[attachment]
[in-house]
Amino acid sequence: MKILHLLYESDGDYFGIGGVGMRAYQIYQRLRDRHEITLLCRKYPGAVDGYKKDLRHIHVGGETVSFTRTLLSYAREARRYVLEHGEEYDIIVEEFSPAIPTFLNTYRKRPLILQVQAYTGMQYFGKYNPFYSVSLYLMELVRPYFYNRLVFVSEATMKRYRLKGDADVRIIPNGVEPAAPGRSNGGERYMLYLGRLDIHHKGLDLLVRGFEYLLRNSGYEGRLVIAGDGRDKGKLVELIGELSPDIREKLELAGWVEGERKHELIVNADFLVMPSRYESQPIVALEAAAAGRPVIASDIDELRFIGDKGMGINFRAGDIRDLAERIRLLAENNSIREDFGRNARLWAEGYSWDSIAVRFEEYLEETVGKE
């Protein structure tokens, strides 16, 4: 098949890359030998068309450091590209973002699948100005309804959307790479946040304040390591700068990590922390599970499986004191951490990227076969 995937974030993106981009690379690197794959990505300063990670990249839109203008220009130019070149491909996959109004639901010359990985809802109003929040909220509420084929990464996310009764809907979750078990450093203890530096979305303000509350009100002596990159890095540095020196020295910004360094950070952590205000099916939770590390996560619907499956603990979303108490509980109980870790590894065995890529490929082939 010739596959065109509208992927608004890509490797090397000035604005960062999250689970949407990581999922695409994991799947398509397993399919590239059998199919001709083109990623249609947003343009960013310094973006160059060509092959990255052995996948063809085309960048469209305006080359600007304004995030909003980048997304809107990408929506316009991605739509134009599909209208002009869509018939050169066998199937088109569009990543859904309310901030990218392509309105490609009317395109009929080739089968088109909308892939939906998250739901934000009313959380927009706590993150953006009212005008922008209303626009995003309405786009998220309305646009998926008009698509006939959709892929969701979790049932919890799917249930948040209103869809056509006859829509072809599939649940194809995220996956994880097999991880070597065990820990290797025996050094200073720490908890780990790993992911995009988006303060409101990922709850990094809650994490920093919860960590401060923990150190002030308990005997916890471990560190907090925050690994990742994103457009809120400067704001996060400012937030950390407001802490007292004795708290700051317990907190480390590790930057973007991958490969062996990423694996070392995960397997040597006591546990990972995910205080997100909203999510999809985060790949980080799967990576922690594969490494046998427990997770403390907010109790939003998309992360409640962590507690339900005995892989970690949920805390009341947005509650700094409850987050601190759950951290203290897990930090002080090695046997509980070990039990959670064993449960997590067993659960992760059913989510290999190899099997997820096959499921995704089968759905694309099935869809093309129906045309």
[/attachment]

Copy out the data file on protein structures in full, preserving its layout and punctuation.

[in-house]
Amino acid sequence: MKILHLLYESDGDYFGIGGVGMRAYQIYQRLRDRHEITLLCRKYPGAVDGYKKDLRHIHVGGETVSFTRTLLSYAREARRYVLEHGEEYDIIVEEFSPAIPTFLNTYRKRPLILQVQAYTGMQYFGKYNPFYSVSLYLMELVRPYFYNRLVFVSEATMKRYRLKGDADVRIIPNGVEPAAPGRSNGGERYMLYLGRLDIHHKGLDLLVRGFEYLLRNSGYEGRLVIAGDGRDKGKLVELIGELSPDIREKLELAGWVEGERKHELIVNADFLVMPSRYESQPIVALEAAAAGRPVIASDIDELRFIGDKGMGINFRAGDIRDLAERIRLLAENNSIREDFGRNARLWAEGYSWDSIAVRFEEYLEETVGKE
């Protein structure tokens, strides 16, 4: 098949890359030998068309450091590209973002699948100005309804959307790479946040304040390591700068990590922390599970499986004191951490990227076969 995937974030993106981009690379690197794959990505300063990670990249839109203008220009130019070149491909996959109004639901010359990985809802109003929040909220509420084929990464996310009764809907979750078990450093203890530096979305303000509350009100002596990159890095540095020196020295910004360094950070952590205000099916939770590390996560619907499956603990979303108490509980109980870790590894065995890529490929082939 010739596959065109509208992927608004890509490797090397000035604005960062999250689970949407990581999922695409994991799947398509397993399919590239059998199919001709083109990623249609947003343009960013310094973006160059060509092959990255052995996948063809085309960048469209305006080359600007304004995030909003980048997304809107990408929506316009991605739509134009599909209208002009869509018939050169066998199937088109569009990543859904309310901030990218392509309105490609009317395109009929080739089968088109909308892939939906998250739901934000009313959380927009706590993150953006009212005008922008209303626009995003309405786009998220309305646009998926008009698509006939959709892929969701979790049932919890799917249930948040209103869809056509006859829509072809599939649940194809995220996956994880097999991880070597065990820990290797025996050094200073720490908890780990790993992911995009988006303060409101990922709850990094809650994490920093919860960590401060923990150190002030308990005997916890471990560190907090925050690994990742994103457009809120400067704001996060400012937030950390407001802490007292004795708290700051317990907190480390590790930057973007991958490969062996990423694996070392995960397997040597006591546990990972995910205080997100909203999510999809985060790949980080799967990576922690594969490494046998427990997770403390907010109790939003998309992360409640962590507690339900005995892989970690949920805390009341947005509650700094409850987050601190759950951290203290897990930090002080090695046997509980070990039990959670064993449960997590067993659960992760059913989510290999190899099997997820096959499921995704089968759905694309099935869809093309129906045309």